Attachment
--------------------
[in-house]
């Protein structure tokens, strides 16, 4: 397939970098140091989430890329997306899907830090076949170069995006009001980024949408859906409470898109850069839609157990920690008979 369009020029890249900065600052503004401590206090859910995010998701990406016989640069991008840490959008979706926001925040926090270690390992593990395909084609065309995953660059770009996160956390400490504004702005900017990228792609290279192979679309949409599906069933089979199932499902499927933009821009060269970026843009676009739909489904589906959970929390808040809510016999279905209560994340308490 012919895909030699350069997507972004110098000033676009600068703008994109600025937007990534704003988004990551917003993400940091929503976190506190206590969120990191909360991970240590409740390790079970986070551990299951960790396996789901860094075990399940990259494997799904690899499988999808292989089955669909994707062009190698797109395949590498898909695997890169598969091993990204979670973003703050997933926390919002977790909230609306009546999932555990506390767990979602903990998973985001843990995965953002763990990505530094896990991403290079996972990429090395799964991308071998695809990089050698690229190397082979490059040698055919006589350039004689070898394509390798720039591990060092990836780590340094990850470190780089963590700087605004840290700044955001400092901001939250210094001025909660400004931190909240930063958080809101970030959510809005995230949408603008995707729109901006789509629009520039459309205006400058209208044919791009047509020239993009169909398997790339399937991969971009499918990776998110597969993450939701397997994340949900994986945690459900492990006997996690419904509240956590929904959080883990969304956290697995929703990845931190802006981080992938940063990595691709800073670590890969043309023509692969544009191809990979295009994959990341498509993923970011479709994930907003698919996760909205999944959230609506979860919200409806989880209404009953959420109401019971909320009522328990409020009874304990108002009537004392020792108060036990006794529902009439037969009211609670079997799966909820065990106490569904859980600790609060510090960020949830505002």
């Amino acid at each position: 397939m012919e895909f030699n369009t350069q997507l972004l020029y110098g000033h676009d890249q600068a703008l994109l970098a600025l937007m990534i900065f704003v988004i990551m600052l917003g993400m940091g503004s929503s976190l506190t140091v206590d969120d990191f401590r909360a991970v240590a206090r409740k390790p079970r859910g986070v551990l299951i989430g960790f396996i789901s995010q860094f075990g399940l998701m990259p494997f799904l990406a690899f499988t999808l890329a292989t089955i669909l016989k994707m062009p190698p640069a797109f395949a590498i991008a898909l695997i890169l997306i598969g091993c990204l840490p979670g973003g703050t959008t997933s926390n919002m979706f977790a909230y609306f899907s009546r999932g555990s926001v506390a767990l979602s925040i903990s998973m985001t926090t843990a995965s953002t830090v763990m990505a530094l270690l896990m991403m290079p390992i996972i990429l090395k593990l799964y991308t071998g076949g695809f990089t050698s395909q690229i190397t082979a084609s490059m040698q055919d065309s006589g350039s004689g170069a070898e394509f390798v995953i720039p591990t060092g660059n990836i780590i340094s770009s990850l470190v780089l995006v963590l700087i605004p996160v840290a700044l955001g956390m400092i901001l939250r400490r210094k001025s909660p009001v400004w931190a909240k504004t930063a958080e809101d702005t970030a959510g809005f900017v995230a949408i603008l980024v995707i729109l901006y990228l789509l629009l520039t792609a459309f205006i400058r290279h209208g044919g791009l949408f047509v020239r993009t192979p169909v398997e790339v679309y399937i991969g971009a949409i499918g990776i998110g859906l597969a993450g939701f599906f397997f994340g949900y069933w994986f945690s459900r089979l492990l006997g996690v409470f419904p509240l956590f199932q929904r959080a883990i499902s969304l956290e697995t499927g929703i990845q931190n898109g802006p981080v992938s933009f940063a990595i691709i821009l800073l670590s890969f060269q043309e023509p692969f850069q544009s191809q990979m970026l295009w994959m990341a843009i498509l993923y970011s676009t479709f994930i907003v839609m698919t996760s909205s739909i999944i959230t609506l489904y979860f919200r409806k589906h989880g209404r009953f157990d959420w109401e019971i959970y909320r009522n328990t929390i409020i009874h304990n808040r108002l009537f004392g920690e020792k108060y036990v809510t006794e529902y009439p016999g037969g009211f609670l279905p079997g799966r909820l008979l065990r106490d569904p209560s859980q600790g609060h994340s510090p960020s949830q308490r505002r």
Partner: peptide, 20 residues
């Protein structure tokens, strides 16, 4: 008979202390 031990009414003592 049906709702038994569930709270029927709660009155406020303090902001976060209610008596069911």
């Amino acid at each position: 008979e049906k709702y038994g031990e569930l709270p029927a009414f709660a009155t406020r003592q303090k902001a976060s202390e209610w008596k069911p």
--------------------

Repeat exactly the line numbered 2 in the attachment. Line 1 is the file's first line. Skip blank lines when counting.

């Protein structure tokens, strides 16, 4: 397939970098140091989430890329997306899907830090076949170069995006009001980024949408859906409470898109850069839609157990920690008979 369009020029890249900065600052503004401590206090859910995010998701990406016989640069991008840490959008979706926001925040926090270690390992593990395909084609065309995953660059770009996160956390400490504004702005900017990228792609290279192979679309949409599906069933089979199932499902499927933009821009060269970026843009676009739909489904589906959970929390808040809510016999279905209560994340308490 012919895909030699350069997507972004110098000033676009600068703008994109600025937007990534704003988004990551917003993400940091929503976190506190206590969120990191909360991970240590409740390790079970986070551990299951960790396996789901860094075990399940990259494997799904690899499988999808292989089955669909994707062009190698797109395949590498898909695997890169598969091993990204979670973003703050997933926390919002977790909230609306009546999932555990506390767990979602903990998973985001843990995965953002763990990505530094896990991403290079996972990429090395799964991308071998695809990089050698690229190397082979490059040698055919006589350039004689070898394509390798720039591990060092990836780590340094990850470190780089963590700087605004840290700044955001400092901001939250210094001025909660400004931190909240930063958080809101970030959510809005995230949408603008995707729109901006789509629009520039459309205006400058209208044919791009047509020239993009169909398997790339399937991969971009499918990776998110597969993450939701397997994340949900994986945690459900492990006997996690419904509240956590929904959080883990969304956290697995929703990845931190802006981080992938940063990595691709800073670590890969043309023509692969544009191809990979295009994959990341498509993923970011479709994930907003698919996760909205999944959230609506979860919200409806989880209404009953959420109401019971909320009522328990409020009874304990108002009537004392020792108060036990006794529902009439037969009211609670079997799966909820065990106490569904859980600790609060510090960020949830505002």